Ethan Bolker points me to this news article by Neil Irwin: Robert J. Gordon, an economist at Northwestern University, has his own version that he argues explains inflation levels throughout recent decades. But it is hardly simple. Its prediction for inflation relies not just on joblessness but also on measures of productivity growth, six shifts […]

David MacKay

I learned from this comment that David MacKay has passed away. Here’s an obituary, which has a lot of information, really much more than I could give because I only met MacKay a couple of times. The first time was when I was in Cambridge, England, for a conference, and I got there a day […]

Avoiding model selection in Bayesian social research

The other day I happened to come across this paper that I wrote with Don Rubin in 1995. I really like it—it’s so judicious and mature, I can’t believe I wrote it over 20 years ago! Let this be a lesson to all of you that it’s possible to get somewhere by reasoning from first […]

Bayesian Umpires: The coolest sports-statistics idea since the hot hand!

Hiro Minato points us to this recent article by Guy Molyneux: Baseball fans have long known, or at least suspected, that umpires call balls and strikes differently as the count changes. At 0-2, it seems that almost any taken pitch that is not right down the middle will be called a ball, while at 3-0 […]

Why I don’t believe Fergus Simpson’s Big Alien Theory

It all began with this message from Christopher Bonnett: I’m a observational cosmologist and I am writing you as I think the following paper + article might be of interest for your blog. A fellow cosmologist, Fergus Simpson, has done a Bayesian analysis on the size of aliens, it has passed peer-review and has been […]

“A strong anvil need not fear the hammer”

Wagenmakers et al. write: A single experiment cannot overturn a large body of work. . . . An empirical debate is best organized around a series of preregistered replications, and perhaps the authors whose work we did not replicate will feel inspired to conduct their own preregistered studies. In our opinion, science is best served […]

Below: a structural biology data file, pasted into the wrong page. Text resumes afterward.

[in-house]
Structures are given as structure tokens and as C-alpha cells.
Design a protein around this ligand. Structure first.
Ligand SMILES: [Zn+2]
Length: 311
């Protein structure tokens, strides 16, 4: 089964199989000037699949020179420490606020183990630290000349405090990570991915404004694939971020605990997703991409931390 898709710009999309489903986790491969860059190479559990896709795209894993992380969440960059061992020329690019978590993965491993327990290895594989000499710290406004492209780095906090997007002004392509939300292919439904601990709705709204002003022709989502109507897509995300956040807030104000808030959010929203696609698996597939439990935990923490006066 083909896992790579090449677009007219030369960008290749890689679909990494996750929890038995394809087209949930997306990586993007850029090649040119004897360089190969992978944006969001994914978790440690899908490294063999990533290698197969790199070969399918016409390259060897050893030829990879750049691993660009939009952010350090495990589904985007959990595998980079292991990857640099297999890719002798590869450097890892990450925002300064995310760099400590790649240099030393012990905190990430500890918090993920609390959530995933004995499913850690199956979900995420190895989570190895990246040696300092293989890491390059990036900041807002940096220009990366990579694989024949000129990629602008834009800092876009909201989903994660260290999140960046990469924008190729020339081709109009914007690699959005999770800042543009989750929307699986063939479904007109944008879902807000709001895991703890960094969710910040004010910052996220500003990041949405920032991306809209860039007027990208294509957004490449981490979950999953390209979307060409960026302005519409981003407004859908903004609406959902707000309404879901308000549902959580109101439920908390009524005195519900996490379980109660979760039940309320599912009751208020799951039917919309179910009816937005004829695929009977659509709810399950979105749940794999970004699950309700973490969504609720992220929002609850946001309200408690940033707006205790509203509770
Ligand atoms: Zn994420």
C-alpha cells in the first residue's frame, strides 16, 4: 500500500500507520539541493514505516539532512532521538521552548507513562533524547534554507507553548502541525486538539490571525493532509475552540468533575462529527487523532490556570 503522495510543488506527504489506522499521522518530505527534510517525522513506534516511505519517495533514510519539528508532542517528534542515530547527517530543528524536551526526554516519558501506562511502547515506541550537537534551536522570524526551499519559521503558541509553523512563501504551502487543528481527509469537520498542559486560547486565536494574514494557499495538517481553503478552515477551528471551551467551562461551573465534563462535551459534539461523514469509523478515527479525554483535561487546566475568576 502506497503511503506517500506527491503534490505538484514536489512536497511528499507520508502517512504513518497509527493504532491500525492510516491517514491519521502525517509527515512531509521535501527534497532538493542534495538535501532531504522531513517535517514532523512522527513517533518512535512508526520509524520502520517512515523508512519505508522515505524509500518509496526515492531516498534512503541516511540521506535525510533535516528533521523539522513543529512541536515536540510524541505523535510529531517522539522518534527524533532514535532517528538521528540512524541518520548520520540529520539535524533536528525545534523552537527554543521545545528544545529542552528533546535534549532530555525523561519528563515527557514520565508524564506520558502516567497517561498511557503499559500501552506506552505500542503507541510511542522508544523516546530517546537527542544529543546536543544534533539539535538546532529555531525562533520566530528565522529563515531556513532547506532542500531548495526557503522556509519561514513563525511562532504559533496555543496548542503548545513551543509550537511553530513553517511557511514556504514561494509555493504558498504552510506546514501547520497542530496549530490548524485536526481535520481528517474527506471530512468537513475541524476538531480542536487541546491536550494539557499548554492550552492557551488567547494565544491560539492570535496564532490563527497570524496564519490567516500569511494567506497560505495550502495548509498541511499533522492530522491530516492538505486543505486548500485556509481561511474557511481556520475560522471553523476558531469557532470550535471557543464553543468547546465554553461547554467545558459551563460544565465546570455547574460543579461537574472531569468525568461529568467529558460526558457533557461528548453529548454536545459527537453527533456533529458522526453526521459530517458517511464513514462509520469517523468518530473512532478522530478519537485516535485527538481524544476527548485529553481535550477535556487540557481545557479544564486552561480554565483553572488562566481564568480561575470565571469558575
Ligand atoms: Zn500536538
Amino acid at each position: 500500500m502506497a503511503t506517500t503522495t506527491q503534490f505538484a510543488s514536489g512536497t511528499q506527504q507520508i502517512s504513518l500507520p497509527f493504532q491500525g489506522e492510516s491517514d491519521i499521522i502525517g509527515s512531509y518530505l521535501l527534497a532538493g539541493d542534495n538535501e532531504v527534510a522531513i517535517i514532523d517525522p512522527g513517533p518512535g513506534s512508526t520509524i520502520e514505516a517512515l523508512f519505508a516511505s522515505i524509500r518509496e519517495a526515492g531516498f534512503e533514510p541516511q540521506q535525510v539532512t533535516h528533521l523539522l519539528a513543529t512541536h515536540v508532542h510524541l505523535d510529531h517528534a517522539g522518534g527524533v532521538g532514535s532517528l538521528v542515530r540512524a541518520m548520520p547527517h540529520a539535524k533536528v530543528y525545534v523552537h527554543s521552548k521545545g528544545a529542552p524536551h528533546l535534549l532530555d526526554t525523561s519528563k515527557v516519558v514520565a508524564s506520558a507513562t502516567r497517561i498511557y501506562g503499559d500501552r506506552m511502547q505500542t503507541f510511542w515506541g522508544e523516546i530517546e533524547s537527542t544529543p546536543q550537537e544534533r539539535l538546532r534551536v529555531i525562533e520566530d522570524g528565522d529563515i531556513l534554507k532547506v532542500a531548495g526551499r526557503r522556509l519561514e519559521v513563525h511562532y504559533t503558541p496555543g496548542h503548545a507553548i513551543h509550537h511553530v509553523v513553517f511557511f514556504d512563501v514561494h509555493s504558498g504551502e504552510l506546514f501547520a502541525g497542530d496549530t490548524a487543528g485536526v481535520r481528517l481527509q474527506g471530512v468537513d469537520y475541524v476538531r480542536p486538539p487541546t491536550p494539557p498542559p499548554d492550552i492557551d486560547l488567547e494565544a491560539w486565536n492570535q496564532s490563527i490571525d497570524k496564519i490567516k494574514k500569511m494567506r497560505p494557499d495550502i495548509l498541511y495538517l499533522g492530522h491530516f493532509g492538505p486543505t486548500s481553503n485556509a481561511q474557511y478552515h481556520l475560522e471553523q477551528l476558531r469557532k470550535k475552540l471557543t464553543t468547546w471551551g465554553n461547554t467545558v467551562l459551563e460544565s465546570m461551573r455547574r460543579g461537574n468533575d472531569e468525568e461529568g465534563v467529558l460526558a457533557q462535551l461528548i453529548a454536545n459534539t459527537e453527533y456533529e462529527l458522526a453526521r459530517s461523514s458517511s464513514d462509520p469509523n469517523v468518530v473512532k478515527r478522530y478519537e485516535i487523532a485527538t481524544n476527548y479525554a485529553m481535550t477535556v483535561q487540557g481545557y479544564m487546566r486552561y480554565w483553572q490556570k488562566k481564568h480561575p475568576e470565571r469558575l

“Bayesians (quite rightly so according to the theory) . . .”

Stephen Senn writes, “Bayesians (quite rightly so according to the theory) have every right to disagree with each other.” He could also add, “Non-Bayesians (quite rightly so according to the theory) have every right to disagree with each other.” Non-Bayesian statistics, like Bayesian statistics, uses models (or, if you prefer, methods). Different researchers will use […]

He’s looking for Bayesian time-series examples

Maurits Van Wagenberg writes: Coming from the traditional side, started to use Bayes, quickly limiting it to models with less variables, notwithstanding the lure. Am not in academics but have for many years researched design processes of complex objects such as engineering complex process plants. These processes have a lead-time from 12 to 18 months. […]

Data-dependent prior as an approximation to hierarchical model

Andy Solow writes: I have a question about Bayesian statistics. Why is it wrong to use the same data to formulate the prior and to update it to the posterior? I am having a hard time coming up with – or finding in the literature – a formal reason. I asked him to elaborate and […]

Thinking about this beautiful text sentiment visualizer yields a surprising insight about statistical graphics

Lucas Estevem set up this website in d3 as his final project in our statistical communication and graphics class this spring. Copy any text into the window, push the button, and you get this clean and attractive display showing the estimated positivity or negativity of each sentence. The length of each bar is some continuously-scaled […]